The Search Engine Spam Police, Part 1

A special report from the Search Engine Strategies 2002 Conference, March 4-5, Boston, MA.

"We hate spam!" Representatives of LookSmart and the ODP offer guidelines and advice for webmasters to avoid the wrath of editors and get successfully listed in these crucial web directories.

The major search engines and web directories consider spammers to be those who take extreme measures to get web pages ranked well. What types of pages are considered spam? In a Search Engine Strategies session entitled "The Search Engine Spam Police," representatives from search engines Inktomi, Google, FAST Search, and web directories LookSmart and the Open Directory Project explored the issue of spamming and presented the audience with some general guidelines to follow.

In this issue of SearchDay, we'll cover the advice and tips offered by the human compiled web directories. Tomorrow we'll focus on the policies of the crawler built search engines.

Bob Keating, Editor-in-Chief of the Open Directory Project (ODP), defined spam as the aggressive and continuous submission of identical sites to the same or multiple, inappropriate categories, and sites that violate submission policies for inclusion.

Types of sites that ODP considers spam are:

(1) Affiliate sites with same or similar content but a different site designs.

(2) Mirror sites. Submitting mirror URLs to different categories is also considered spam. Multi-lingual sites are acceptable as long as the URL resolves to the appropriate language.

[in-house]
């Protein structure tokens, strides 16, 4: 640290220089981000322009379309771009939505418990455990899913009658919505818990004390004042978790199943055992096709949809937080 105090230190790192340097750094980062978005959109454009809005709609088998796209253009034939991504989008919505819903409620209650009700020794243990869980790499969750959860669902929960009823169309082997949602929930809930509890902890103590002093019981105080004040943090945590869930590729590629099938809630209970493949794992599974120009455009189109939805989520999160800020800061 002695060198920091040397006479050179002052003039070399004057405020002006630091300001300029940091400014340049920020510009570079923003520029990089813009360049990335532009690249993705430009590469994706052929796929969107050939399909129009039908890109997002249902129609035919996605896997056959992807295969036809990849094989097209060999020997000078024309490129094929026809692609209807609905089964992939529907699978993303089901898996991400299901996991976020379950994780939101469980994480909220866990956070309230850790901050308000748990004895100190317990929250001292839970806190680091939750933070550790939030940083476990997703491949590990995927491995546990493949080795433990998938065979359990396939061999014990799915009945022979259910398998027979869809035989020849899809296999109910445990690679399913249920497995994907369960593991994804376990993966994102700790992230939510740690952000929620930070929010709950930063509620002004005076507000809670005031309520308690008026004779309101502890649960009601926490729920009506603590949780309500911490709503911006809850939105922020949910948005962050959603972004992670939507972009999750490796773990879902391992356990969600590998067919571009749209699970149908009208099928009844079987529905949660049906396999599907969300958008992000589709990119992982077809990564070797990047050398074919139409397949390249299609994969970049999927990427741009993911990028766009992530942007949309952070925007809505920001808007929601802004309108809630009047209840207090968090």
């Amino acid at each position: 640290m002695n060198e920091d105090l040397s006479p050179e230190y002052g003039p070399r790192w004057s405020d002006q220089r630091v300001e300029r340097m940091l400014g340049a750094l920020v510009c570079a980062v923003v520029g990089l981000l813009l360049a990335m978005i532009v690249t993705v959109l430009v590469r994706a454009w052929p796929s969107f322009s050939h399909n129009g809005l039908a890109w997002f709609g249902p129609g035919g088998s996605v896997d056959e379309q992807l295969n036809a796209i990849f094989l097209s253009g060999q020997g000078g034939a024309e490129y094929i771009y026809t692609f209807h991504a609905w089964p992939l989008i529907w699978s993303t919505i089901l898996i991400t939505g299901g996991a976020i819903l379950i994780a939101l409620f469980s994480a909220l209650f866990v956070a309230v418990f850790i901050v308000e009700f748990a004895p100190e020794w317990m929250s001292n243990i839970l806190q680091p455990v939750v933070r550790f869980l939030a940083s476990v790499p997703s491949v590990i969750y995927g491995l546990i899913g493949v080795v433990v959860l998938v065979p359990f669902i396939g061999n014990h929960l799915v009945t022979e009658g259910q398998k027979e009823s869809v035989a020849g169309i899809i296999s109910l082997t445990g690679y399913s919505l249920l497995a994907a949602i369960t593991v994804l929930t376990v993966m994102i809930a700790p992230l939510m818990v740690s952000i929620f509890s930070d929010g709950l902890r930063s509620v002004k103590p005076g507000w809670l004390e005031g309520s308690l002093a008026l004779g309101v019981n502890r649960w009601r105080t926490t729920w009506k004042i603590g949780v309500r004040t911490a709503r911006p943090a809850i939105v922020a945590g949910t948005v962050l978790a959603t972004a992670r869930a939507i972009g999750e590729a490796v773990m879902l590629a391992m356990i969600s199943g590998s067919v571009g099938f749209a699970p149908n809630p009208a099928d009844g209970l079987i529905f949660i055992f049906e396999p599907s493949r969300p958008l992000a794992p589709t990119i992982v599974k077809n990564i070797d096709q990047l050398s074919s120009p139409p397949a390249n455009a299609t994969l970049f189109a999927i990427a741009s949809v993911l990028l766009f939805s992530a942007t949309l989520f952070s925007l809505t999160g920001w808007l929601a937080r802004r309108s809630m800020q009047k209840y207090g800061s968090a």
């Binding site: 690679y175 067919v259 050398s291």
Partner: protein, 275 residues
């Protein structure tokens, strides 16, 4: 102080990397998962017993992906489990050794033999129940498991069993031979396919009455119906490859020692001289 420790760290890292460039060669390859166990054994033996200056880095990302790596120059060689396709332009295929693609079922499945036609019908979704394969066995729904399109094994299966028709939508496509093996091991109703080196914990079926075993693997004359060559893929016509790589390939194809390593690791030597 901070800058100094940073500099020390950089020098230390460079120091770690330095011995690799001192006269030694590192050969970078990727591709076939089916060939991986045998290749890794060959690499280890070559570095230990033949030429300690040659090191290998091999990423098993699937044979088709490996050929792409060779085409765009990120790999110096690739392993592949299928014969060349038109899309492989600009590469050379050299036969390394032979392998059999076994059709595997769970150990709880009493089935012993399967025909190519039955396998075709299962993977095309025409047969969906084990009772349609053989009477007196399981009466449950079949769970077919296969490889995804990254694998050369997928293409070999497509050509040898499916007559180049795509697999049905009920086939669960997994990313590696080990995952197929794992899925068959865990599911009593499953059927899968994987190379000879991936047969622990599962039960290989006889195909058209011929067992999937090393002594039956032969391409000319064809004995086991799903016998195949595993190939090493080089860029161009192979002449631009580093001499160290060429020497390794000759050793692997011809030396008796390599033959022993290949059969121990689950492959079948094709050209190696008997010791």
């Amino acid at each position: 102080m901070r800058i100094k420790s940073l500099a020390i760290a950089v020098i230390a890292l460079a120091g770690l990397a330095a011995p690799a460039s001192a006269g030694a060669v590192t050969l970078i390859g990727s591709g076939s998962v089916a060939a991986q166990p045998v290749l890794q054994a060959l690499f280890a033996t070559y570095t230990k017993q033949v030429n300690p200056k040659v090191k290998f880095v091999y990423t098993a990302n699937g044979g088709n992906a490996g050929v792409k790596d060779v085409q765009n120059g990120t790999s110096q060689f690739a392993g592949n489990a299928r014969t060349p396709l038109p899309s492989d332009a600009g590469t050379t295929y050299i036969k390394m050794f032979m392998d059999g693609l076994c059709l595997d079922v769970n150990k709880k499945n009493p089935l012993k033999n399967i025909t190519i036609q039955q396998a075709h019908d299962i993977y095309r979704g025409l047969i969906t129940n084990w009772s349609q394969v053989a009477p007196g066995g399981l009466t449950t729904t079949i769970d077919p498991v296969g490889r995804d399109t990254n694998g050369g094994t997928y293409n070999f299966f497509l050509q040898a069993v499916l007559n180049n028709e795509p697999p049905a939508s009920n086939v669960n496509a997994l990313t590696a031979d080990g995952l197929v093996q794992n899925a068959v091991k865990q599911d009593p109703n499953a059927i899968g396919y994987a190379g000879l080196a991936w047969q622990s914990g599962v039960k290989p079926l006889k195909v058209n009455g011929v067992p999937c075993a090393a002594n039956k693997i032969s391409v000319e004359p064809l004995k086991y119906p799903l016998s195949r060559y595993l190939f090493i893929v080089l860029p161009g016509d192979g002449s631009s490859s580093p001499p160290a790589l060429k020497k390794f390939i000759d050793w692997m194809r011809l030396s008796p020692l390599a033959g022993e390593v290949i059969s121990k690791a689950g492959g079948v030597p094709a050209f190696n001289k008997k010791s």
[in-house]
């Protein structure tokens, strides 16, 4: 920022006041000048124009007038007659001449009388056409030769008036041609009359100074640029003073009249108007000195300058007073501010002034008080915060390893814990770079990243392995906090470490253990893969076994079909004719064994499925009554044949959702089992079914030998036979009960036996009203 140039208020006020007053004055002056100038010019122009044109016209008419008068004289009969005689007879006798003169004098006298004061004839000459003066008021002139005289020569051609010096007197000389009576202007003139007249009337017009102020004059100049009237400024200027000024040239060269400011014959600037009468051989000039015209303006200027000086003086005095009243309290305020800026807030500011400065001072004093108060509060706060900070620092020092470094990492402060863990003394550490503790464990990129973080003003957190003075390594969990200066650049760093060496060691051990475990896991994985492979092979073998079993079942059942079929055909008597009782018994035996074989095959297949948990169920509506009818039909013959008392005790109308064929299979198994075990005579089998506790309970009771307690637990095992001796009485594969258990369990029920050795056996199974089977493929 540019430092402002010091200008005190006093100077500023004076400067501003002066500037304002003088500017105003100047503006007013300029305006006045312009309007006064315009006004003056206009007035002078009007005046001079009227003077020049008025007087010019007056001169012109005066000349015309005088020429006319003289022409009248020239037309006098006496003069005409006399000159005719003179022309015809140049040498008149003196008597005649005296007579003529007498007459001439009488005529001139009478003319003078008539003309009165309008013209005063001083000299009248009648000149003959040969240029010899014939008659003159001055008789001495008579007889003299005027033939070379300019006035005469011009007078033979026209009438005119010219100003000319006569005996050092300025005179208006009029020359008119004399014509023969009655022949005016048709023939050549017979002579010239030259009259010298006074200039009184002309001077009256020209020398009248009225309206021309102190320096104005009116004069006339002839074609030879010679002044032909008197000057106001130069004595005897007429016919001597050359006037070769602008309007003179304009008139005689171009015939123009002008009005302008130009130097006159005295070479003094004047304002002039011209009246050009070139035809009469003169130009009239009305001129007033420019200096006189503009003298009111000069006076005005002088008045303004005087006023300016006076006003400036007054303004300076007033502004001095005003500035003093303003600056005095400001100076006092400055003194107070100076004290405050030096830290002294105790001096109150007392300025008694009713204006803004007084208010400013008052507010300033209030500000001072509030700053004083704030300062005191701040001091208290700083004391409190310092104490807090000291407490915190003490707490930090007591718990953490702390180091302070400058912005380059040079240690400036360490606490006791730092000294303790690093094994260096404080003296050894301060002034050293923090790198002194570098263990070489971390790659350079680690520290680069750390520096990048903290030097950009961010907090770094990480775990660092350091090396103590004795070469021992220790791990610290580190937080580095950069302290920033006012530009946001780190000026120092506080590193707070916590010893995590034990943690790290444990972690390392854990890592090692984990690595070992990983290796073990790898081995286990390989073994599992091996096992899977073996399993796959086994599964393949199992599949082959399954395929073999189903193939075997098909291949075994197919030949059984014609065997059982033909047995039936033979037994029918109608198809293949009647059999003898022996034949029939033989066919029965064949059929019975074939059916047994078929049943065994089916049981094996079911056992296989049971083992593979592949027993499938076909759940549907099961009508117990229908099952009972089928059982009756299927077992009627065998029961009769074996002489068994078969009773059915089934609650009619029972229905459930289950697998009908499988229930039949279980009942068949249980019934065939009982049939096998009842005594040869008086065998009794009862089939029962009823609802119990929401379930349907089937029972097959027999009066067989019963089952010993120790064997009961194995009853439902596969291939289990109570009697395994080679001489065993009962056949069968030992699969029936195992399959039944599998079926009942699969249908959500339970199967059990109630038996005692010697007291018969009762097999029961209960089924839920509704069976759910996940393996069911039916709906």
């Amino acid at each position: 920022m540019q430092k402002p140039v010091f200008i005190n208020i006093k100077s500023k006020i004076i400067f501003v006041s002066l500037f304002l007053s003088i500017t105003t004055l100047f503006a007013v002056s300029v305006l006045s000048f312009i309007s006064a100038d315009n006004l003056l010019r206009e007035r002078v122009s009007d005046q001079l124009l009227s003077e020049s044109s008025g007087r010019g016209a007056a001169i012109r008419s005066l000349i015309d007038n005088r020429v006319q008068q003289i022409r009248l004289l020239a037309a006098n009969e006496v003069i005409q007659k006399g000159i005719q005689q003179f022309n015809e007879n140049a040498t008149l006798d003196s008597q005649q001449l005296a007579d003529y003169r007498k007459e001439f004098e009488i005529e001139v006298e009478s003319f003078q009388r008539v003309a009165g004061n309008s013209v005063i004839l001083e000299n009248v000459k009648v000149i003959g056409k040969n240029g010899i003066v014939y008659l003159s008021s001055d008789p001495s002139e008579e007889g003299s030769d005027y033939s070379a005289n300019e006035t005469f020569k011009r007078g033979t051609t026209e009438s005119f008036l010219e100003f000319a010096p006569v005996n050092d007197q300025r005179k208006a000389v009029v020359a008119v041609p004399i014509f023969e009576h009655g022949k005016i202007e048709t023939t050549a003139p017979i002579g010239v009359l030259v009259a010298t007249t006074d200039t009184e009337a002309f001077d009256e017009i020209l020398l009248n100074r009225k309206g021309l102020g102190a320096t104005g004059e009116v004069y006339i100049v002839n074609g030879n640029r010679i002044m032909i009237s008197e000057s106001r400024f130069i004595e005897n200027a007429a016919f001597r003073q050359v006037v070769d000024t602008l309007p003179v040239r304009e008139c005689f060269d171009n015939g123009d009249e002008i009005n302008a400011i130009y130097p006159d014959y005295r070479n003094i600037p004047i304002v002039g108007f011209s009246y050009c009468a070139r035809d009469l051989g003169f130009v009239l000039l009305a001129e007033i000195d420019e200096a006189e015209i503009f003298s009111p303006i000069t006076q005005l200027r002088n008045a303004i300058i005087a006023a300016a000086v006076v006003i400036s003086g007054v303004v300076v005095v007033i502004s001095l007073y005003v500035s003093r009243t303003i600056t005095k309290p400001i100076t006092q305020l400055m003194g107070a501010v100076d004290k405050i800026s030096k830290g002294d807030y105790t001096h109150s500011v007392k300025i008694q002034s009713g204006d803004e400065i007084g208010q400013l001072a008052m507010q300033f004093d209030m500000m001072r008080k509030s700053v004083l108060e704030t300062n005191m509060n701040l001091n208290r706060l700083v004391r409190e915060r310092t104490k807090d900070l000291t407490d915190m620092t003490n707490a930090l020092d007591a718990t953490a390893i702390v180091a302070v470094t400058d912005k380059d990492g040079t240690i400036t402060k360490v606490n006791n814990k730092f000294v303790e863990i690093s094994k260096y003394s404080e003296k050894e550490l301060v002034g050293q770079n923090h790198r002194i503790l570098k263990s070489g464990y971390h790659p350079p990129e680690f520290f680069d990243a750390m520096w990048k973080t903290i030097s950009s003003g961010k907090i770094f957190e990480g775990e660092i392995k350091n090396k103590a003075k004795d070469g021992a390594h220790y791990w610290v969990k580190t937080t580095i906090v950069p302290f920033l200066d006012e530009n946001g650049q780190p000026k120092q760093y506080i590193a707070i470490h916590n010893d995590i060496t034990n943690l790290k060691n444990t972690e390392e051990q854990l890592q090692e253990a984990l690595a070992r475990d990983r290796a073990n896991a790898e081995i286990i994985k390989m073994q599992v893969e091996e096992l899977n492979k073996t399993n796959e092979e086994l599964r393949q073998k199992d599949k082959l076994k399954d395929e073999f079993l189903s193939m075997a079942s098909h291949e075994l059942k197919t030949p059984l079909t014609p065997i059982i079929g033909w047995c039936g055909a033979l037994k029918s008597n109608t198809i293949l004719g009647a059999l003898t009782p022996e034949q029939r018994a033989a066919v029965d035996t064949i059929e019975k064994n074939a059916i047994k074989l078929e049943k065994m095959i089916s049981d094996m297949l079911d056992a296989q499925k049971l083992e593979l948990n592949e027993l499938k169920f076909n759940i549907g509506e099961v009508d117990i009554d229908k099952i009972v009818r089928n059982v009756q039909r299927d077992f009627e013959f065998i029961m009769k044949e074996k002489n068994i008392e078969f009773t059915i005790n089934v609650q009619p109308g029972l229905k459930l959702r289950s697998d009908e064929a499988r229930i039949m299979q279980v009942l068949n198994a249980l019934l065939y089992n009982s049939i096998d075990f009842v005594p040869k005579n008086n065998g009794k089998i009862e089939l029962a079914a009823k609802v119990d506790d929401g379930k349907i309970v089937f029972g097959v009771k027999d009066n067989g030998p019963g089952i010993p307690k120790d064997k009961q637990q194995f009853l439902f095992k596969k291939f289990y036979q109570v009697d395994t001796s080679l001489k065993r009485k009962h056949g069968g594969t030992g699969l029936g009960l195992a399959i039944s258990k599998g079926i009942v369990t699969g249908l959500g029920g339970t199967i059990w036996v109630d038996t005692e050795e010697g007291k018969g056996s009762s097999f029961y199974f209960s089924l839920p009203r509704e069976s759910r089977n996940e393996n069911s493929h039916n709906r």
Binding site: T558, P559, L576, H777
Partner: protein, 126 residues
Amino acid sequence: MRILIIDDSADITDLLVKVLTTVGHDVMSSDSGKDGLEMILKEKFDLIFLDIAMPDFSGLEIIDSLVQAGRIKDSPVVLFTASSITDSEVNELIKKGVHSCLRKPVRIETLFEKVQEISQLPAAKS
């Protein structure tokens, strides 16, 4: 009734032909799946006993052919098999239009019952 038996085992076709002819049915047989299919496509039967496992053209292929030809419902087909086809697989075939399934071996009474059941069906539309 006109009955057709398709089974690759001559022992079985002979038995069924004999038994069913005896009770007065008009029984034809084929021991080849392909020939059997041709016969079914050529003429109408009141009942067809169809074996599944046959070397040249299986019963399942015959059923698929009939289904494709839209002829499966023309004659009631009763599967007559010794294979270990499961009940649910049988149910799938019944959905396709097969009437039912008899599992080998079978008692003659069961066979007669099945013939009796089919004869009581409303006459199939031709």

(3) Sites that use redirects or any type of bait-and-switch practice. Using frames to hide a real URL, commonly referred to as "poor man's cloaking," is also considered spam.

(4) Sites whose sole purpose is to drive traffic to affiliate links or sites that contain these types of links.

If an editor or a submitter is caught spamming, the editor is immediately removed from ODP without notice, and future submissions are either deleted or blocked. If the spam is particularly relentless, ODP might remove "listable" listings as well. If you suspect that an editor or submitter is spamming, report the spam abuse to

Kate Wingerson, Vice President and Editor-in-Chief at LookSmart, considers spam to be any site which explicitly disregards or violates LookSmart or Zeal (LookSmart's volunteer-built directory) guidelines (see links below).

In general, LookSmart considers spam to be domains/URLs submitted more than 5 times, mirror sites, sites that use redirects or bait-and-switch tactics, and sites without original content. If a site is a commercial web site, selling goods or businesses online, LookSmart is the place to submit. Report possible spam abuse to LookSmart to

If a site is a non-commercial site, Zeal is the place to submit. Zeal considers spam to be:

(1) Any commercial site submission
(2) Attempts to circumvent the community submission process
(3) Harassment of members via message boards or email
(4) Abuse of spelling and capitalization, overuse of keywords, and biased descriptions

In Zeal, report all possible spam abuse to the community message board, post a message to the site submitter, or file an intervention request to receive immediate staff attention.

Submitting to the Open Directory Project

Submitting to LookSmart

Additional Guideslines for Submitting to LookSmart and Zeal

Dealing with Yahoo, LookSmart and the ODP
SearchDay, May 14, 2002

Getting your site listed in the major Web directories is crucial. Representatives from the Big Three share tips and techniques that help you facilitate the process.

Click here for part two of this article: Spam detection and management policies of several major crawler built search engines.

Shari Thurow is the Marketing Director and Webmaster for Grantastic Designs, Inc. <> She has been design and promoting web sites since 1995 for businesses in a wide range of fields.

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